The UK has struck a deal with pharmaceutical giant GlaxoSmithKline to manufacture tens of millions of doses of Novavax’s Covid-19 vaccine in Britain.
Prime Minister Boris Johnson said up to 60 million doses would be bottled at a factory at Barnard Castle, a town in north-eastern England.
GSK said it hoped the “fill and finish” process could begin as early as May.
In August, Britain struck a deal to buy 60 million doses of Novavax’s vaccine.
The vaccine is being assessed by Britain’s medicines regulator for approval.
If approved, it would bring the number of Covid-19 vaccines authorised for use in the UK to four, joining products made by AstraZeneca, Pfizer-BioNTech and Moderna.
The agreement comes as the UK is involved in a public spat with the European Union, where the vaccination programme has been much slower, over the supply of doses.
The EU has threatened to restrict vaccine vials being exported from the bloc based on vaccination rates in the destination country.
Prof Paul Heath, chief investigator of the Novavax trials, said the doses announced as part of the deal should first be administered in the UK.
“That is what we’d really like to see because this has been tested in the UK population,” he told Sky News on Tuesday.
“There will be doses we can send to other countries, and as soon as we have done priority groups in the UK we should be contemplating sending spare doses to countries not in the same position we are in.”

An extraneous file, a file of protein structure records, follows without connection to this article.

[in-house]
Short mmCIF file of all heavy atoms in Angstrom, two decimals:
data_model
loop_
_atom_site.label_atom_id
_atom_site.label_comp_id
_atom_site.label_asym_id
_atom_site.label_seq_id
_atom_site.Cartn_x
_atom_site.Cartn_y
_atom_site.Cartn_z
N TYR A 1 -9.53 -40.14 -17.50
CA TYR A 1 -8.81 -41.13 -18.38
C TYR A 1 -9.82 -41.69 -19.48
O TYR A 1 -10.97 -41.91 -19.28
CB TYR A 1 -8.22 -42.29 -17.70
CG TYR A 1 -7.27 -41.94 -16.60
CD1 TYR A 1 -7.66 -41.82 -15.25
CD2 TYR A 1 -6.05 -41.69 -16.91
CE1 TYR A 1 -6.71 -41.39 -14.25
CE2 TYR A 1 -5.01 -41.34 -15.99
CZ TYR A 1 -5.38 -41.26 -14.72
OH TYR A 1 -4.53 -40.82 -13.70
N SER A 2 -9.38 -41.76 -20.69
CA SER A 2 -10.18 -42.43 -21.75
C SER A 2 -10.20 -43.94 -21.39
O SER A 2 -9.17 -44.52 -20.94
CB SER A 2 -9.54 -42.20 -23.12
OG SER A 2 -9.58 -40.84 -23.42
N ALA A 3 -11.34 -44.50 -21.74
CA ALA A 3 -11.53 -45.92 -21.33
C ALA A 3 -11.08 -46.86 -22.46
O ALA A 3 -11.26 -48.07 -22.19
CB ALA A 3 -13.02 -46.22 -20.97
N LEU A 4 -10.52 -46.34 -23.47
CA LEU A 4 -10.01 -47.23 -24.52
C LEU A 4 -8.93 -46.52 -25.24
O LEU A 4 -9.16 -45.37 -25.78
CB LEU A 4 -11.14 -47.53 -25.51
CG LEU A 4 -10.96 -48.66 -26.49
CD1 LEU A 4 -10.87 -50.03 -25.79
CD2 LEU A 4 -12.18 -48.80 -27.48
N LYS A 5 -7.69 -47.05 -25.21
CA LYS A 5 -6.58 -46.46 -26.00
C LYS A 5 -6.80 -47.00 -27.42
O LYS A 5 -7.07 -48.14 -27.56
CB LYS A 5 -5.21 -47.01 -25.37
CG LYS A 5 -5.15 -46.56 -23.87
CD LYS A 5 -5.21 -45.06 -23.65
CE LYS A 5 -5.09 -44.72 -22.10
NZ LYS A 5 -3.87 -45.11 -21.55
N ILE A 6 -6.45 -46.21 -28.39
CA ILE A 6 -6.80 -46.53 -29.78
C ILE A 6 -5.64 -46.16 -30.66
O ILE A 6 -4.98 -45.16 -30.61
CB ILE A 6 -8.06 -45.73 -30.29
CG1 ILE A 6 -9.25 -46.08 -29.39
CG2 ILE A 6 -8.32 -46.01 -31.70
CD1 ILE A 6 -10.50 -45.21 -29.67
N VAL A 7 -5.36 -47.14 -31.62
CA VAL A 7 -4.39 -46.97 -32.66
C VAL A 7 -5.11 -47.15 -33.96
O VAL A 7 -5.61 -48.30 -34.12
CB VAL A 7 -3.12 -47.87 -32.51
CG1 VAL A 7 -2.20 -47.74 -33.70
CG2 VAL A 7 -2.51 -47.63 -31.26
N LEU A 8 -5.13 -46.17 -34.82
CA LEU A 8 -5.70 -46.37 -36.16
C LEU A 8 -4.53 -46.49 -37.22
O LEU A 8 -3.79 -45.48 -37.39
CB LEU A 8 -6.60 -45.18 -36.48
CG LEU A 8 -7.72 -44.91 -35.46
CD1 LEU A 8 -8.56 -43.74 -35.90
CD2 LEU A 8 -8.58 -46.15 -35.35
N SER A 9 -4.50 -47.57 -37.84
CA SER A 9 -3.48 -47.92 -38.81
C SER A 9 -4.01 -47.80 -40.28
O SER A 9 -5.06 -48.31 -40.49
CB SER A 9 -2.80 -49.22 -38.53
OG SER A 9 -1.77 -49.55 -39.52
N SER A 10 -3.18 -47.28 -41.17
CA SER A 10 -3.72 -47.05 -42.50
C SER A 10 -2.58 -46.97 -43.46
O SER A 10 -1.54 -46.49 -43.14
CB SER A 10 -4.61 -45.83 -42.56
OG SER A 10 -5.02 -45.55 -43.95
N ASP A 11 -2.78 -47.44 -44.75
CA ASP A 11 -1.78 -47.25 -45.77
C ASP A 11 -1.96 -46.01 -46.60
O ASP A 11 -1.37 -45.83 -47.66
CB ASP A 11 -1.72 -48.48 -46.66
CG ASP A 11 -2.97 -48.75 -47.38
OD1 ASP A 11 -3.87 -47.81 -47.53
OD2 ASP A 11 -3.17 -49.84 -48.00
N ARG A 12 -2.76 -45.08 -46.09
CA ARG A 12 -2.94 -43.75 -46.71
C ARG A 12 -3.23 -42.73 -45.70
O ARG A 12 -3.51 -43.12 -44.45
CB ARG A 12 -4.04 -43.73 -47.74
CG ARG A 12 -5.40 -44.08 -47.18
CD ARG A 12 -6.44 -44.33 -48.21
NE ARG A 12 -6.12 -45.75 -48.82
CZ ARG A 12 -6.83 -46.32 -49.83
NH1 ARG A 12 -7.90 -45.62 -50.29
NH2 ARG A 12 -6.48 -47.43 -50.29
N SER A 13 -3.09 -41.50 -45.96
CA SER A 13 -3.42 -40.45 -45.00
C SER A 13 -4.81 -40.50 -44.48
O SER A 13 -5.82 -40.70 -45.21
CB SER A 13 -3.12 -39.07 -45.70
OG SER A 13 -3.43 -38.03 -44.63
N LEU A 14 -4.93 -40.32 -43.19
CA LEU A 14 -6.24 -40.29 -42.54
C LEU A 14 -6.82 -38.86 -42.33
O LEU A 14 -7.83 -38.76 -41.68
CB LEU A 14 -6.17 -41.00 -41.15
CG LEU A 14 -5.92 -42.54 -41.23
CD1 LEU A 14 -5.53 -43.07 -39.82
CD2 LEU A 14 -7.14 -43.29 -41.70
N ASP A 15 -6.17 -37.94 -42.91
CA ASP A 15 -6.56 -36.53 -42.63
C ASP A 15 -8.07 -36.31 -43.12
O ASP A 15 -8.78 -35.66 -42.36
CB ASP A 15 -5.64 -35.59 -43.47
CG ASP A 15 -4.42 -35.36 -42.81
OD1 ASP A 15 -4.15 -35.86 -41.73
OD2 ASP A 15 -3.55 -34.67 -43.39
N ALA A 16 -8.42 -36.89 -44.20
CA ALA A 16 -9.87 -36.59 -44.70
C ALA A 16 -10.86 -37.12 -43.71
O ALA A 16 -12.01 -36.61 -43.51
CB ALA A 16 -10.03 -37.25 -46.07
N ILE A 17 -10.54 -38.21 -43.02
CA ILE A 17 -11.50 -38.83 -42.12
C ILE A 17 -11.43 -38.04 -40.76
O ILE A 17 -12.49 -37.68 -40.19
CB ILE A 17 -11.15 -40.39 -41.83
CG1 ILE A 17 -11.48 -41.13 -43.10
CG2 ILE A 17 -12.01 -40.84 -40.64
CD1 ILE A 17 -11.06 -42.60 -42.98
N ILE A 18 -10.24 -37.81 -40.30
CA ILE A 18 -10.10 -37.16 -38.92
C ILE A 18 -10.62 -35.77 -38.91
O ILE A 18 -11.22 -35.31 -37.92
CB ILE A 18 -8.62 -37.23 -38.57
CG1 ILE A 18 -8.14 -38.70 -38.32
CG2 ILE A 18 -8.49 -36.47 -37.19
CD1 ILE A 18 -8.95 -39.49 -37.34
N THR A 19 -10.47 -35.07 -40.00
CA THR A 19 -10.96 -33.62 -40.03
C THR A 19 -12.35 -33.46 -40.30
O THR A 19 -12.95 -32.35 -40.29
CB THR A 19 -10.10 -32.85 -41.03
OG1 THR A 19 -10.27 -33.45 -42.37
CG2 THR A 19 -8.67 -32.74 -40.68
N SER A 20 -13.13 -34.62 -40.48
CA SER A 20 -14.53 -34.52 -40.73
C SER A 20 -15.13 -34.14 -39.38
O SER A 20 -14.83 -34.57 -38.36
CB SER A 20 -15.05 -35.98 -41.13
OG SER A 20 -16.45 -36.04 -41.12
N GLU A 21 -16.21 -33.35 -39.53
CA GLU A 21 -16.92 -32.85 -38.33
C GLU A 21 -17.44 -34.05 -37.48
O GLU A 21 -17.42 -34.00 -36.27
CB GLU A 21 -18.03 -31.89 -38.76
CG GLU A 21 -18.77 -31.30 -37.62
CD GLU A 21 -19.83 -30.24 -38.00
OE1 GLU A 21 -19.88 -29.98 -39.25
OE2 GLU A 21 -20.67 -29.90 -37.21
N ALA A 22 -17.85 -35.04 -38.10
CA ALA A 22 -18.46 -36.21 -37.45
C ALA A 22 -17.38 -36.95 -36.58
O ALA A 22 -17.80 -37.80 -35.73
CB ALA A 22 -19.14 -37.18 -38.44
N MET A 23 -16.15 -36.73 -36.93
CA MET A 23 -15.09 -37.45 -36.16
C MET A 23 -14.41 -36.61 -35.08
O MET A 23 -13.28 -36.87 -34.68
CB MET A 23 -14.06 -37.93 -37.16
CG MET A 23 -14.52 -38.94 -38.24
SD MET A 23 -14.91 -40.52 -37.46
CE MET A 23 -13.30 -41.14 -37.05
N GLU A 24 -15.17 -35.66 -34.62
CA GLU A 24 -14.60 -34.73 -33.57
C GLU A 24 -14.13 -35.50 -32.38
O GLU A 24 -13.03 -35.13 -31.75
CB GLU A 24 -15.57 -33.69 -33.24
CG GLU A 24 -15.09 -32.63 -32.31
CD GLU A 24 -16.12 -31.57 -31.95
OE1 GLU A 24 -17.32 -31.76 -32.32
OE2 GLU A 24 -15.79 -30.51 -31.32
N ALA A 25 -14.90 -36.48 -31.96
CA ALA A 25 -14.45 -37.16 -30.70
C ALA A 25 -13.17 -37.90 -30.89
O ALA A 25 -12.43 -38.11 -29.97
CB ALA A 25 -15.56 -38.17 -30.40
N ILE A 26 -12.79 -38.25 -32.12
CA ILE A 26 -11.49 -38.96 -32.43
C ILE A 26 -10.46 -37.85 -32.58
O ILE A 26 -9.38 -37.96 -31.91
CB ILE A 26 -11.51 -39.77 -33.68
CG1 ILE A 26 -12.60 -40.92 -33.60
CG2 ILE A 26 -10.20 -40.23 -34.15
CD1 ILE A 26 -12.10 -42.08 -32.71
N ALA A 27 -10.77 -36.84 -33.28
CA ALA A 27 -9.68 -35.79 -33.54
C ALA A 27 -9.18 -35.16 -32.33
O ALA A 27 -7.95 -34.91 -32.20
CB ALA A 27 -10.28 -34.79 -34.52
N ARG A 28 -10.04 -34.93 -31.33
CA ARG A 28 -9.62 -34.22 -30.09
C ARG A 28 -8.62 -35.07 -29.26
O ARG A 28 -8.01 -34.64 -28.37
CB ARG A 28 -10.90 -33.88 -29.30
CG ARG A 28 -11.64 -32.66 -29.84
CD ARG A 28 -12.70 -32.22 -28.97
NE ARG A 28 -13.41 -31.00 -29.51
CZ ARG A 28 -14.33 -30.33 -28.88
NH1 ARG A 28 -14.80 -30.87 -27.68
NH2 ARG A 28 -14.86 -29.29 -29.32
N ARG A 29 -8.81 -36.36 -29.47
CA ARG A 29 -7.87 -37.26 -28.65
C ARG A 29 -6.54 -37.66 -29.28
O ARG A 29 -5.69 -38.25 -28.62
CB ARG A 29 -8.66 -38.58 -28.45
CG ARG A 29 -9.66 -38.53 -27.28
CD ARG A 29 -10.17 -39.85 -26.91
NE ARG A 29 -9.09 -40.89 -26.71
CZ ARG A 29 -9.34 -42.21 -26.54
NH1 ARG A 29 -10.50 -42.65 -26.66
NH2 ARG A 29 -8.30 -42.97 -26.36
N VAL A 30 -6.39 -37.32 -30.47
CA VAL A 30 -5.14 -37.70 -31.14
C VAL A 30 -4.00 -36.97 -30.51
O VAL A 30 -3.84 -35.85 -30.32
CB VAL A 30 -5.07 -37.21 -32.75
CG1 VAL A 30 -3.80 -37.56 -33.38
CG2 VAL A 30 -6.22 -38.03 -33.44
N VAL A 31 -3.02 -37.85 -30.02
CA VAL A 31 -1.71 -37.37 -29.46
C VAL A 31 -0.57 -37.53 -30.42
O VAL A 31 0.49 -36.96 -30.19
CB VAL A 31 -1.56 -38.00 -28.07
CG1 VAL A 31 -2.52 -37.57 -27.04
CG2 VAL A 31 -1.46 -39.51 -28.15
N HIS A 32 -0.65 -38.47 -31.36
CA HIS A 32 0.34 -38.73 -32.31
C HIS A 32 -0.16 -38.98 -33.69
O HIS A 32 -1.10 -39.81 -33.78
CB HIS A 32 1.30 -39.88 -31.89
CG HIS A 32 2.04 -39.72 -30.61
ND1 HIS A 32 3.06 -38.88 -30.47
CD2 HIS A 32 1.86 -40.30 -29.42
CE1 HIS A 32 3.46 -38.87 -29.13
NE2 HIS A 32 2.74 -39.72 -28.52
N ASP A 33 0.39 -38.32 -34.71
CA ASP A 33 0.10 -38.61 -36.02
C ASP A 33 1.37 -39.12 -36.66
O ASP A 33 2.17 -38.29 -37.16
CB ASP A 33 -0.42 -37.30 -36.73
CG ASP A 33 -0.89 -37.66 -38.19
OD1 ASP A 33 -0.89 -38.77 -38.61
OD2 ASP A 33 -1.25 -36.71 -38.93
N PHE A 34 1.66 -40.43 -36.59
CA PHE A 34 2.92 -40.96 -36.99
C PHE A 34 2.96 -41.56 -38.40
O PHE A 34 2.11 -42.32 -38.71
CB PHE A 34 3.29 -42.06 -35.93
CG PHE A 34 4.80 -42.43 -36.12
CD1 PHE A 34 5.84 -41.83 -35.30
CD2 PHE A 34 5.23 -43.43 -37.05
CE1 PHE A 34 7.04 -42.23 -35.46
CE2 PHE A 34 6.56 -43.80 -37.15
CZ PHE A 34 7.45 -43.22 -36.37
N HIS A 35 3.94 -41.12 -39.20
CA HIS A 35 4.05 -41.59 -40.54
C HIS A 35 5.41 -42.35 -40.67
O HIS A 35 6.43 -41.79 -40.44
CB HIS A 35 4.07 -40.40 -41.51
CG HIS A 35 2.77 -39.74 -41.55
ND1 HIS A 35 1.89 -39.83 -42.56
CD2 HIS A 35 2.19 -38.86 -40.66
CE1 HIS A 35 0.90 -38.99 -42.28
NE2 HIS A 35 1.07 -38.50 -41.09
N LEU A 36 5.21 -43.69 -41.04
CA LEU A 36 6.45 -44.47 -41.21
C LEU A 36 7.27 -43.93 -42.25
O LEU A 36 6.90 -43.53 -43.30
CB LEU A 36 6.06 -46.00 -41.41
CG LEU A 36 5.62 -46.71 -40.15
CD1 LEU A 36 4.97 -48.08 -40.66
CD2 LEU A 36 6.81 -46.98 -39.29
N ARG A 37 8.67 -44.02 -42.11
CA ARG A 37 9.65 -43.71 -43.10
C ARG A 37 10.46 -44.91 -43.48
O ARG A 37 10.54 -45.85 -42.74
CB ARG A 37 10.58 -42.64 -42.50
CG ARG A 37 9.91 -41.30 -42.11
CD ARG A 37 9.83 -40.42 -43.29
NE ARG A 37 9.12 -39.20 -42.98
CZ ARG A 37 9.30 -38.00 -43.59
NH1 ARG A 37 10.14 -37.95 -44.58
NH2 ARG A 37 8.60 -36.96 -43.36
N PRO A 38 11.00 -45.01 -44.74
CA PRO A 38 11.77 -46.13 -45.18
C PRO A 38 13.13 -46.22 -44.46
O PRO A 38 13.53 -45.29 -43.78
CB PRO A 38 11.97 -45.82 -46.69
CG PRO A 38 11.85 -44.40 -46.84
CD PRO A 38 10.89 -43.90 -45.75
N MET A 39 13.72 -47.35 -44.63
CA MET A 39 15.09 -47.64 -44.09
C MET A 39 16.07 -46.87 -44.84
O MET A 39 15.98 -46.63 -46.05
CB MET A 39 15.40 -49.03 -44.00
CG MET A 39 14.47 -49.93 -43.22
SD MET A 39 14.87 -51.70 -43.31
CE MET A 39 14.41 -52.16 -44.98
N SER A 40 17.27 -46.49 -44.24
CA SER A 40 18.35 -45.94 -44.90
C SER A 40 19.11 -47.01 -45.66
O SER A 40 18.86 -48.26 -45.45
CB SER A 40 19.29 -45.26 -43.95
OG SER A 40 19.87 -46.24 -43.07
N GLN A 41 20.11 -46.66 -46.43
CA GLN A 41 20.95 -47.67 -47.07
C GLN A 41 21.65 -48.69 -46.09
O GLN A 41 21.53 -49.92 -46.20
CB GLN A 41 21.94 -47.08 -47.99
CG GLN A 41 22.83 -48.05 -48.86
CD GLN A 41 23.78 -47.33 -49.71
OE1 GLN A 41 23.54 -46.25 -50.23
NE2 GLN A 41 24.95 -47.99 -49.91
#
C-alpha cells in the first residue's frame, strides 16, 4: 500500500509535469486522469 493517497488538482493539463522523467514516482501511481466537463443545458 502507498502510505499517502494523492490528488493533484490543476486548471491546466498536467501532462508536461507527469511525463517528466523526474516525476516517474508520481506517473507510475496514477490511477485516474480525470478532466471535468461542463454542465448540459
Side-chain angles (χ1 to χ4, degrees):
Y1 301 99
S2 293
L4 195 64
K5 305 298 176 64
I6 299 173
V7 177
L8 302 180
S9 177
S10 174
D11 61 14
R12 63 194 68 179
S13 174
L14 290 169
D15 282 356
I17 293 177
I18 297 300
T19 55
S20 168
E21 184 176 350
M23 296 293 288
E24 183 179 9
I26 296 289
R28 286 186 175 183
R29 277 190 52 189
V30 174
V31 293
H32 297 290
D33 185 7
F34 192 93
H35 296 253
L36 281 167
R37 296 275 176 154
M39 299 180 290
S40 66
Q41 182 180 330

Business Minister Kwasi Kwarteng said the UK would focus on vaccinating the whole of its adult population before it can provide any surplus shots to other countries, such as its close neighbour Ireland.
“I think our focus has to be to try and keep Britain safe. We want to work co-operatively as well with other countries but the main priority is to get the vaccine roll-out,” he said.
“Today we’ve got a crisis upon us, and it’s absolutely right that we should be focused on trying to deal with that in our own country and keeping our people safe, so that we can get back to a normal way of life.
The Novavax vaccine was shown this month to be 96 per cent effective against the original strain of the virus, and 86 per cent effective in protecting against the variant first identified in south-east England.
Novavax will manufacture some of the vaccine using Fujifilm Diosynth Biotechnologies factories in Stockton-on-Tees, northern England.
Mr Johnson said production there had already started in anticipation of the vaccine’s approval.
“I’m delighted by GSK’s investment, which shows the strength of UK manufacturing, and will further boost our vaccine roll-out,” he said.
“The Vaccines Taskforce has worked hand in glove with business to successfully deliver vaccines to the whole of the UK, and this agreement will continue to support our approach.
“We remain on track to offer a first jab to all over-50s by 15 April, and all adults by the end of July, and I want to once again encourage everyone to come forward for a vaccine when you’re called.”